Welcome to VFW Post 3820
The Angel of Mount Shavano
Erosion gullies in the rugged flanks of 14,225-foot Mount Shavano in the Sawatch Range of the Rocky Mountains just west of Salida, Colorado, hold snow which forms the head, body, and arms of its famous "Angel." The mountain was named for a chief of the Tabegauche band of Ute Indians.
Mischievous pranks caused the God Jupiter to turn a fractious young goddess into an angel of ice, "Until some mishap or tragedy of other people moves you to tears." She was stranded on Mount Shavano where she lived for an eternity. From her position above the valley, she watched the Indians and the buffalo leave and the white man arrive. The angel was content and Jupiter was pleased she no longer bothered hem.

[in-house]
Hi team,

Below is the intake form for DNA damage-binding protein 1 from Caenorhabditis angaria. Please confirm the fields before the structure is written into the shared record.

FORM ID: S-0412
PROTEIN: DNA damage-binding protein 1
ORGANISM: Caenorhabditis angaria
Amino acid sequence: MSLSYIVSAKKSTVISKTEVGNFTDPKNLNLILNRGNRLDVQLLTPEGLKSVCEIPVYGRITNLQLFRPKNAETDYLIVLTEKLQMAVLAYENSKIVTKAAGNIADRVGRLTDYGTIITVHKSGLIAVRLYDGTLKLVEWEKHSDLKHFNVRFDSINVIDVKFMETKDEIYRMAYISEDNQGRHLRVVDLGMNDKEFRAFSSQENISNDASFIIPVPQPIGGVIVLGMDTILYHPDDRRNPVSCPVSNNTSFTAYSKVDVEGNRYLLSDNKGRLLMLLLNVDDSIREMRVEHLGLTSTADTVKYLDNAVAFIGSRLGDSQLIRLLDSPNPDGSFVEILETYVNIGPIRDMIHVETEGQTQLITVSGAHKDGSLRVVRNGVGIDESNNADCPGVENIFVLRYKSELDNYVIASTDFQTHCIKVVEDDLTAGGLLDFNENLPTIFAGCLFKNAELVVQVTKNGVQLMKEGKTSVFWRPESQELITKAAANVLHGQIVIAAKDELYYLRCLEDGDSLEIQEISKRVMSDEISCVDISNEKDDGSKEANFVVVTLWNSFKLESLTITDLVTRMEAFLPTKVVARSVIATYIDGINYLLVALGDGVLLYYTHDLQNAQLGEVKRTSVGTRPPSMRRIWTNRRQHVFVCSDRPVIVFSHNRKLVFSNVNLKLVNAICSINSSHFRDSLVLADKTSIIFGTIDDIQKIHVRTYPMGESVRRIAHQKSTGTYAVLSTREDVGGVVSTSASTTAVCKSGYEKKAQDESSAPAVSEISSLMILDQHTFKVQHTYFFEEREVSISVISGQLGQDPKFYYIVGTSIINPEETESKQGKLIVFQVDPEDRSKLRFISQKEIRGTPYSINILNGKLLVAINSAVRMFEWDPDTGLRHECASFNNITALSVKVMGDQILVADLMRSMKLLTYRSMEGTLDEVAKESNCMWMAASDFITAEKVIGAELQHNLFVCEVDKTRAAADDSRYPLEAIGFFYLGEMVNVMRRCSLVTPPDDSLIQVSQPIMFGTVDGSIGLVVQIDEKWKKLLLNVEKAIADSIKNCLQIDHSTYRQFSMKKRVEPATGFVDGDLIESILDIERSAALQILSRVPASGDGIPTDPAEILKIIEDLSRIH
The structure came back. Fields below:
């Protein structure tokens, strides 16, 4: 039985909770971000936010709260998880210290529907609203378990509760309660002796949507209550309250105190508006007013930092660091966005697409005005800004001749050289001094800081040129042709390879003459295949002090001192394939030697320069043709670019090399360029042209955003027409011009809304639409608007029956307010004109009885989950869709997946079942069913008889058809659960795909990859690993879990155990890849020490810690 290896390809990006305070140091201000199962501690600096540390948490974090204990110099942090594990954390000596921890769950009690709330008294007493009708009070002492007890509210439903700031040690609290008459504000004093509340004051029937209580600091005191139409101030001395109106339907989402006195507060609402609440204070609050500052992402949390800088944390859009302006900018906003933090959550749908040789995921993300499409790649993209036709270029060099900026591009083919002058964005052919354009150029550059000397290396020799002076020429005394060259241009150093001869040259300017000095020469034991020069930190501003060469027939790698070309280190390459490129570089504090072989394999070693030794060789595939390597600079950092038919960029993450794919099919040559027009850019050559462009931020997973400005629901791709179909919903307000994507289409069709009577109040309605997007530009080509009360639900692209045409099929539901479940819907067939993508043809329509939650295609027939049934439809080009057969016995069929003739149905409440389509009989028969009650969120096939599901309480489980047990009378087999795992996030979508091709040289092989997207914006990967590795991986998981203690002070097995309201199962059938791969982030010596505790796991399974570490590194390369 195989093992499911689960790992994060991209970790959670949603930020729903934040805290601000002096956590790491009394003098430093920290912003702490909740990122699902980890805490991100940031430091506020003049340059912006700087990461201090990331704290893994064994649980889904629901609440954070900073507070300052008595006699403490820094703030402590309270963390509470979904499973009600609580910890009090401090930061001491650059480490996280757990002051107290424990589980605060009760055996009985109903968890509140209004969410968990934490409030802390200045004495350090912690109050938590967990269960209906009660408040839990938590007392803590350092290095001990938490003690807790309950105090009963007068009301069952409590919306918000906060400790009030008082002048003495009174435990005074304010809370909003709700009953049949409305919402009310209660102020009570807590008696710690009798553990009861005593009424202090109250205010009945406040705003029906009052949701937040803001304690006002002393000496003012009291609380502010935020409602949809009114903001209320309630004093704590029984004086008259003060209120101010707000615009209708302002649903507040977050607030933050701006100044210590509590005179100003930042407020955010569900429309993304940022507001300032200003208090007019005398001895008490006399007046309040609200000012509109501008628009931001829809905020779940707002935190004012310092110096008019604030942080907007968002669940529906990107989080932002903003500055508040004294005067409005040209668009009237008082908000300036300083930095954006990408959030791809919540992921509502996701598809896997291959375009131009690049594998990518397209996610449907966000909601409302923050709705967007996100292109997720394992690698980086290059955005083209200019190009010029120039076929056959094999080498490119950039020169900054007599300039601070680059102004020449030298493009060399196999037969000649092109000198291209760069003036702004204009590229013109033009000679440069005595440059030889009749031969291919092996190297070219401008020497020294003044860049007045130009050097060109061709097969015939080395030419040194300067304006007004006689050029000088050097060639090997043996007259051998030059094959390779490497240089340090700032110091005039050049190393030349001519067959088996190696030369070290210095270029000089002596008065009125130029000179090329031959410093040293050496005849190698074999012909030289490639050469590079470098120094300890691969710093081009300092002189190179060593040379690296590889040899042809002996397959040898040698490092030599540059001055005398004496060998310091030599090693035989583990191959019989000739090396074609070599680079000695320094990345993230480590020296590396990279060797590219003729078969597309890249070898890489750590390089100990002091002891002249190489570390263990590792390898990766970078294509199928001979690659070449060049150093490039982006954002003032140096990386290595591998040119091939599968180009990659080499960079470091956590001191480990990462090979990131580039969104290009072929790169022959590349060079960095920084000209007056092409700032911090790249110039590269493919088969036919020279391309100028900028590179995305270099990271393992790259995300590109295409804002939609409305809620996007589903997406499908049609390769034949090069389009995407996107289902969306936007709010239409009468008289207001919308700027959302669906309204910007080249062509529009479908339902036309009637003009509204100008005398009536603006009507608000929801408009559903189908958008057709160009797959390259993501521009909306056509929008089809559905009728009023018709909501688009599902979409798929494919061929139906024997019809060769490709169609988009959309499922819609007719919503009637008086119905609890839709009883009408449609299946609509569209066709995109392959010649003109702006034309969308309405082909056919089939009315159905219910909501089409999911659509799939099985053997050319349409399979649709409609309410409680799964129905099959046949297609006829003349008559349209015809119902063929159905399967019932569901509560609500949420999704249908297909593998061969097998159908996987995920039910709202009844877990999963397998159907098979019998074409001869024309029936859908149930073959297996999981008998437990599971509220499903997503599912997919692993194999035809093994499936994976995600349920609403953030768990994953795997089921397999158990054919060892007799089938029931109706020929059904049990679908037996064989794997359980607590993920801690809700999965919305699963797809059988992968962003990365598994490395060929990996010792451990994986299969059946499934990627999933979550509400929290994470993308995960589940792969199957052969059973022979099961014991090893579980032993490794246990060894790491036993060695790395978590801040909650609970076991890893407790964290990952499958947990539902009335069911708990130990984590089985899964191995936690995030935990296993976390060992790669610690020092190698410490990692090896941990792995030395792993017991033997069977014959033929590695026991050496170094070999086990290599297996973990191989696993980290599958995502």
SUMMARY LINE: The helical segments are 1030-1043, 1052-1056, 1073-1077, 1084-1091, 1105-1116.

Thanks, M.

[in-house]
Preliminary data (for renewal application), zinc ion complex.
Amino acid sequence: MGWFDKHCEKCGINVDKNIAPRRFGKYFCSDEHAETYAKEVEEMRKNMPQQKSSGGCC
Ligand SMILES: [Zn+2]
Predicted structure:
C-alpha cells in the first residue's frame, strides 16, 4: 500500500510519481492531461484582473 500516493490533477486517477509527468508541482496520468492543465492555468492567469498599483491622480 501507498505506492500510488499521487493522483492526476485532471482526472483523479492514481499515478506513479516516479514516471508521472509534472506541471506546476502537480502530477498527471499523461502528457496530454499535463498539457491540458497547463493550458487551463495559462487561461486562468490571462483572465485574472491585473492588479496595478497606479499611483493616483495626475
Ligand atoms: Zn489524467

In time, drought shriveled crops and dried the Arkansas River. The Angel watched as people faded and died under the scorching sun - she wanted to help, but couldn't figure a way. In frustration, she began to weep. As tears melted her massive ice limbs, she knew Jupiter's spell was broken. Now, she cried from joy.
Her tears rejuvenated the valley and "her" people. You can see The Angel of Shavano every spring before she again weeps, releasing her life-giving water so people of the valley can prosper.
(Adopted from an original by Corrine Harpending)